LONDON: 4th February 2020

A new study of over 2,000 UK LinkedIn users highlights the changing nature of LinkedIn, from a professional network to a marketing, sales and “spam-filled” platform.

The majority surveyed felt that LinkedIn, is mostly about recruitment, hiring or finding a job. Very few find that their professional contacts on LinkedIn have provided value to their career.

Here are some of the key findings from the LinkedIn user research:

The average (mean) number of connections on LinkedIn is 231

  • The age group with the highest average number of connections is 35-44 year olds with 270 connections
  • 62% of LinkedIn users have over 150 LinkedIn connections
LinkedIn statistics: The average number of LinkedIn connections is 231

The average number of LinkedIn connections may come as a surprise to those with more than 500 LinkedIn connections.

Guild founder and CEO Ashley Friedlein explains why maintaining large digital networks is challenging:

“We know from the Dunbar number that humans cannot know, or maintain, more than around 150 relationships. This is true in our professional lives as much as our personal lives. We’re realising we need to focus more on the relationships that actually matter rather than chasing connections for the sake of it.”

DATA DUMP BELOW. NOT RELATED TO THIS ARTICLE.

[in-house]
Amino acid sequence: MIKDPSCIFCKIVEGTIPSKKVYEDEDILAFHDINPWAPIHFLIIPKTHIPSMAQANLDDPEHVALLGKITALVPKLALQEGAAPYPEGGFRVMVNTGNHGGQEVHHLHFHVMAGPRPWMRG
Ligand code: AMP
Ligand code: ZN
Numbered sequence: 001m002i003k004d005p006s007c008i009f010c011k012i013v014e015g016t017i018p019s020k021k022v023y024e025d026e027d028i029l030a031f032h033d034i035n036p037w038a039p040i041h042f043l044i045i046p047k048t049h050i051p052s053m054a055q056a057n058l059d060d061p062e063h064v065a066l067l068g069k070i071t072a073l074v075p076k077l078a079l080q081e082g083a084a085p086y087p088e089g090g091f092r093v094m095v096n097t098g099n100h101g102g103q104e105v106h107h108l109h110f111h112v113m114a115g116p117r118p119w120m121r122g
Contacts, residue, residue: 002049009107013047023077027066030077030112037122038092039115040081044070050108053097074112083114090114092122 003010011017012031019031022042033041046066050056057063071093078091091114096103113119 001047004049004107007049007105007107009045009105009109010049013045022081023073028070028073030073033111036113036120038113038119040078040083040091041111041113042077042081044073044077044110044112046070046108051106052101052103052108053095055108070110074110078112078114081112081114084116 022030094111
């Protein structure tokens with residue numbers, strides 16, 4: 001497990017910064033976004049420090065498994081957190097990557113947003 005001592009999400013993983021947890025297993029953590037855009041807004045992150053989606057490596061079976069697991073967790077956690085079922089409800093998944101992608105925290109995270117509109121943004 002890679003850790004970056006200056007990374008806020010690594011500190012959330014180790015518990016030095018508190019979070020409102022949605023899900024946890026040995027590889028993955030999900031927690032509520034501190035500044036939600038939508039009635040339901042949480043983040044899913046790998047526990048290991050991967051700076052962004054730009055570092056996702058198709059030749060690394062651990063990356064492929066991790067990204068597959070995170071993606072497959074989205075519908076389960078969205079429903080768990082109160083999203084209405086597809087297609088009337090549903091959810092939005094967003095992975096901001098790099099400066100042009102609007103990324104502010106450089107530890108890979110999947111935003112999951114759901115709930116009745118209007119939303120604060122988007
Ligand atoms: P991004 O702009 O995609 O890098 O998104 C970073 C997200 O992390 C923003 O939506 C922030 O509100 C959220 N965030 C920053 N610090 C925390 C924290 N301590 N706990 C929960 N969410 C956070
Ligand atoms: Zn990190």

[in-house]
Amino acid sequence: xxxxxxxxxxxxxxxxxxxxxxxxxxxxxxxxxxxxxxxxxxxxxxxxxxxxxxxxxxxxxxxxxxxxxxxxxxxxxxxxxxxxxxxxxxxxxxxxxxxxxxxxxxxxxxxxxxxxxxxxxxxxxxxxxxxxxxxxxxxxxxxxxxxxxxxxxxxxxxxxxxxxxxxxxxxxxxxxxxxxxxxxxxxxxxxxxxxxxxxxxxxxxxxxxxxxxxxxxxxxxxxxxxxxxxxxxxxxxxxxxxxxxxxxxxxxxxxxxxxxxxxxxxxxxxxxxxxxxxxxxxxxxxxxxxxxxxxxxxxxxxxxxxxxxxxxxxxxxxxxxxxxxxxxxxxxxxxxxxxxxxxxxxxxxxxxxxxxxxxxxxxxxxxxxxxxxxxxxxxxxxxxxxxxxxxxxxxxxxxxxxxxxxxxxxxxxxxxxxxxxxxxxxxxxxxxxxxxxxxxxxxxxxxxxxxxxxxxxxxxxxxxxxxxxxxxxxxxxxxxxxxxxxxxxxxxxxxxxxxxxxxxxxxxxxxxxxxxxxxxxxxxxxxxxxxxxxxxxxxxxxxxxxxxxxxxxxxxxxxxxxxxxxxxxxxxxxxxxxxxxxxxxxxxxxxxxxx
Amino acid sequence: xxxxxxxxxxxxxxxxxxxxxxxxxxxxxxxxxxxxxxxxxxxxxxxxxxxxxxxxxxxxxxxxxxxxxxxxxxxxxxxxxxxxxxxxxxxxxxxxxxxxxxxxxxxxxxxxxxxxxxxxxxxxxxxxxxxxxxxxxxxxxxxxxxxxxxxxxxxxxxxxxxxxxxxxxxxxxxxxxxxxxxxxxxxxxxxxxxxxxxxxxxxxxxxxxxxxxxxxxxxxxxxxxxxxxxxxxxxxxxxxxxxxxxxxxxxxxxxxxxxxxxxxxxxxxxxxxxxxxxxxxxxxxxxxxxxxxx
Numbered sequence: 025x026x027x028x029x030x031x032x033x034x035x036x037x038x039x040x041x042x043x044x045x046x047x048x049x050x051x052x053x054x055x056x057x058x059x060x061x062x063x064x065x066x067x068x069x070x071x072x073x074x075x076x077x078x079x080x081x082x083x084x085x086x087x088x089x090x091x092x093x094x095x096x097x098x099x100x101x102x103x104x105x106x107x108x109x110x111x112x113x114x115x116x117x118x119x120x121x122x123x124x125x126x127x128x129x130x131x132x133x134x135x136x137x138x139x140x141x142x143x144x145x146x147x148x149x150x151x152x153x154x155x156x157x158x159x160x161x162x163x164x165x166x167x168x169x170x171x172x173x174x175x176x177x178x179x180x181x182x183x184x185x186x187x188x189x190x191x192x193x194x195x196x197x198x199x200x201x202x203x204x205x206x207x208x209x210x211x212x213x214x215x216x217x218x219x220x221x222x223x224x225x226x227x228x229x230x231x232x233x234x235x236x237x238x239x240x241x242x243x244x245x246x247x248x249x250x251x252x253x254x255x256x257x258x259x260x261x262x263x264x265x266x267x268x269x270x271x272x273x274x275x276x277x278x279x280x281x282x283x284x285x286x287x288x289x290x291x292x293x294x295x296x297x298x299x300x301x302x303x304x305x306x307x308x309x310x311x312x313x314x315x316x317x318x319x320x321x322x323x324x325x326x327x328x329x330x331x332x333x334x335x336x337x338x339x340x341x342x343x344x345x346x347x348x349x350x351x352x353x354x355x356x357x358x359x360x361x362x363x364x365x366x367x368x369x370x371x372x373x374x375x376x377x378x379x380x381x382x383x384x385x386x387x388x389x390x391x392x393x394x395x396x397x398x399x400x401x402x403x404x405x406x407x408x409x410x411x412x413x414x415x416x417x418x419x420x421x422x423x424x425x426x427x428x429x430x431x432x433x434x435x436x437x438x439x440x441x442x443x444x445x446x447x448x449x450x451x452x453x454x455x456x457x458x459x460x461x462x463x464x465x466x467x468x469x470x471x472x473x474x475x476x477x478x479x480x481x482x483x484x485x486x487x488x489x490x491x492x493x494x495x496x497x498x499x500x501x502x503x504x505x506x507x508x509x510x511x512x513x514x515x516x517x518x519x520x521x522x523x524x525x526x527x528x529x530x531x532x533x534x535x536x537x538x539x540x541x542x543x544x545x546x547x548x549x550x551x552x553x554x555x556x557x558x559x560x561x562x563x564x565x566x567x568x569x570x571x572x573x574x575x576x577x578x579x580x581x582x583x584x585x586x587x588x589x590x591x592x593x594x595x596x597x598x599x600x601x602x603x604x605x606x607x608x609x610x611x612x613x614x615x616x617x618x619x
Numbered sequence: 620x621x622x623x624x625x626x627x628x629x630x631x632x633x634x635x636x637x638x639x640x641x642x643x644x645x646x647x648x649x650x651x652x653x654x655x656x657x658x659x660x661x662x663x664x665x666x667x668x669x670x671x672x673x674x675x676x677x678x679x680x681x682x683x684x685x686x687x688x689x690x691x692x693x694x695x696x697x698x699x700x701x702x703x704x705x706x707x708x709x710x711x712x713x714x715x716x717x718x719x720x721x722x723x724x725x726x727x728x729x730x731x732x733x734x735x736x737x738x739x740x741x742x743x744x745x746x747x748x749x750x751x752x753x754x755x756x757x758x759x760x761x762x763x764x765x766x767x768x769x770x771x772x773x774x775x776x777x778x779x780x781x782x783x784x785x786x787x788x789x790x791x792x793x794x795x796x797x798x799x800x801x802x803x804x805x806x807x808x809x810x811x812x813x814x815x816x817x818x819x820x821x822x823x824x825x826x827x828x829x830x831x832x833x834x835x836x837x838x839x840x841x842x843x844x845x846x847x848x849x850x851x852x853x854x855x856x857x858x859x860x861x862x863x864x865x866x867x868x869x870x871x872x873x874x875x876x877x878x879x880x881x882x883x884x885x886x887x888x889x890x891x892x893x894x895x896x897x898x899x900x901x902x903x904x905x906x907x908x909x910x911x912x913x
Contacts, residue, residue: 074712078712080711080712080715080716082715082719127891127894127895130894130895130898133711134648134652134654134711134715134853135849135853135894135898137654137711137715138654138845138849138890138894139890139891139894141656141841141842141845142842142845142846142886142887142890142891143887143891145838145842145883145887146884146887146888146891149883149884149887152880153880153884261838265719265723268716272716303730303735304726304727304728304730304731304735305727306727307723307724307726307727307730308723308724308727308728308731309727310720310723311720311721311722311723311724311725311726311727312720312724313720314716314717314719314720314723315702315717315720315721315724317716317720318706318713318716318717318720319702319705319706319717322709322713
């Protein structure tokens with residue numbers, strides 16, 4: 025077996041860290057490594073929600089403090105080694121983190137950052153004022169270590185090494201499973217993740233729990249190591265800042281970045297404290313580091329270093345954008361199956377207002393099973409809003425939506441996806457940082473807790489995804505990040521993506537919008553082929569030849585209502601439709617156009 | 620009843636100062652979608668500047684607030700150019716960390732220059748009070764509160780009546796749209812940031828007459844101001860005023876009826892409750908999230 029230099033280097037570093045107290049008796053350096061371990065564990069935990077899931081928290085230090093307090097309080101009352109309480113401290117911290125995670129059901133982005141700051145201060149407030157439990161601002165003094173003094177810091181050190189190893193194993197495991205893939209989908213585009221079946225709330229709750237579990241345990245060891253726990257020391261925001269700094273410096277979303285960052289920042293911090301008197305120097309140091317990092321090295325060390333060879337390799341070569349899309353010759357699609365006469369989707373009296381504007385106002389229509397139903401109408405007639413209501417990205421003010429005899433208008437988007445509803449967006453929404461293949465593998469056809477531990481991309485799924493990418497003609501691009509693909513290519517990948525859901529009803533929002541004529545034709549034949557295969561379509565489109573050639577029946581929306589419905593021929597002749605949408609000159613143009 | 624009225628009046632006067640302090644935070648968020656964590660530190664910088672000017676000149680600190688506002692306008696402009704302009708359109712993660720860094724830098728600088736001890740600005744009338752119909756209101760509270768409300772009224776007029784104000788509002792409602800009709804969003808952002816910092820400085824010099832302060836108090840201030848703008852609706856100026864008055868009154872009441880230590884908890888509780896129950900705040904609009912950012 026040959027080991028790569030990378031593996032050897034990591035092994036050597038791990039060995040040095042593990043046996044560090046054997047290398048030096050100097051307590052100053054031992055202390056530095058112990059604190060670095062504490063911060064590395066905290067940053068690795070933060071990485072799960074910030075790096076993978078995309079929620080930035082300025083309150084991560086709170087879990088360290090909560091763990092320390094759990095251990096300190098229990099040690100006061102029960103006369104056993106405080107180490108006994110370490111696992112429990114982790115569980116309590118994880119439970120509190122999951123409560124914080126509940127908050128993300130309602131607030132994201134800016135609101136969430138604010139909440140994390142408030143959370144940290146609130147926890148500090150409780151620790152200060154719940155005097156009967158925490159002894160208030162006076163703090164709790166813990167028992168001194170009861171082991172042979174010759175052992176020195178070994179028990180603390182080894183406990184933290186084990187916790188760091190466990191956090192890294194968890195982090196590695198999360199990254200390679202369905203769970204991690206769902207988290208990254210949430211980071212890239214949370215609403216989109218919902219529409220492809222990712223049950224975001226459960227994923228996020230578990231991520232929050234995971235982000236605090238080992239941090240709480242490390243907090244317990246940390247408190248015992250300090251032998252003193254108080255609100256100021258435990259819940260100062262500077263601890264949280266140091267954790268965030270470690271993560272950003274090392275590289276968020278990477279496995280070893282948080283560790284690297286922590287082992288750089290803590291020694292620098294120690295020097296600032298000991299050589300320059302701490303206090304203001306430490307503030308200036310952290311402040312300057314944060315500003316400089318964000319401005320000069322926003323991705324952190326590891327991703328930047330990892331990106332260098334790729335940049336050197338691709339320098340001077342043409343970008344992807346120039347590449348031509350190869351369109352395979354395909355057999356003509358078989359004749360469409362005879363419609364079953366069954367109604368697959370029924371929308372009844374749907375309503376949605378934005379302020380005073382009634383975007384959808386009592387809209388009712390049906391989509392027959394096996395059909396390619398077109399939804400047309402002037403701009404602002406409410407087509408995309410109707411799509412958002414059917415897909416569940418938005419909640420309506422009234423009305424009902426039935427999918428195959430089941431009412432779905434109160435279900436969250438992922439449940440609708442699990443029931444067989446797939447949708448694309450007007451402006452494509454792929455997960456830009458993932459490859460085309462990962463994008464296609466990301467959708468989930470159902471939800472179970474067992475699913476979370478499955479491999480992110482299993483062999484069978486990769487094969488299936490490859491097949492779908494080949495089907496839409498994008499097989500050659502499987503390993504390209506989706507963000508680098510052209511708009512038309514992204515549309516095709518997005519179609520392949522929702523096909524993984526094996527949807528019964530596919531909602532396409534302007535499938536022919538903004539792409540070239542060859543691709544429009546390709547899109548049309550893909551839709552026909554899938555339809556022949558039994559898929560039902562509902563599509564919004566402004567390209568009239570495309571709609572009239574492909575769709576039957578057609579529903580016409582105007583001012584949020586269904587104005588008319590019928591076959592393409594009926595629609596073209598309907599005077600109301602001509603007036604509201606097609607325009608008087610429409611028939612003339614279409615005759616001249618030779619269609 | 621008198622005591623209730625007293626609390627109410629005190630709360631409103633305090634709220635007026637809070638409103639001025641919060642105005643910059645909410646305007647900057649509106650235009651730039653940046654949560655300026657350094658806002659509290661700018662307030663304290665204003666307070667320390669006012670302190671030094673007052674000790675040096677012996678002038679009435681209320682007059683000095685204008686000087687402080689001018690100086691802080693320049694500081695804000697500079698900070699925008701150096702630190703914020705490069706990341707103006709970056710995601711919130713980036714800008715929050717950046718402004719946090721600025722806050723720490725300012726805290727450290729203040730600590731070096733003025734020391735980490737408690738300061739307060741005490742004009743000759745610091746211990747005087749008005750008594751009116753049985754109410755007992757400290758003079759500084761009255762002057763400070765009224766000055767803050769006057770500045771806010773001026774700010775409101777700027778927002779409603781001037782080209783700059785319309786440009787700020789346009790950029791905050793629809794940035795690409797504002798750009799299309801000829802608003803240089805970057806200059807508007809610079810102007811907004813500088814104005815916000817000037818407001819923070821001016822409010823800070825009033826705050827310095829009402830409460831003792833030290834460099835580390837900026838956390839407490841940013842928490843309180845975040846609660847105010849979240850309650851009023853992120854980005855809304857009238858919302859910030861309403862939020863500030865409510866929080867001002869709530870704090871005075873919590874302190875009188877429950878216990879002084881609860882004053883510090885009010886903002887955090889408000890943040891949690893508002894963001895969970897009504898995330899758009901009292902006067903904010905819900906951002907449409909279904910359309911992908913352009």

The UK cities with the most LinkedIn connections are London, Southampton, Sheffield and Norwich

There are regional differences in the data. London LinkedIn users have the highest number of LinkedIn connections, with an average of 274, followed by Southampton (266), Sheffield (264) and Norwich (256).

The cities with the lowest number of LinkedIn connections per user are Plymouth and Belfast, with an average of 137 connections.

LinkedIn statistics: People living in London have the highest average number of LinkedIn connections

45% of respondents state that "LinkedIn has become more about sales and marketing than professional networking"

The data suggests that parody Twitter account ‘The State of LinkedIn’ could be making some valid points!

The survey highlights perceptions that LinkedIn is “cluttered”, full of marketing content, sales and “spam” appears to be taking hold amongst UK LinkedIn users.

38% of LinkedIn users state that they find “LinkedIn too cluttered to be functional”

LinkedIn statistics: 38% of LinkedIn users find LinkedIn too cluttered to be functional

28% of LinkedIn users state “I find LinkedIn full of spam”

LinkedIn statistics: 28% of LinkedIn users agree with the statement: "I find LinkedIn full of spam."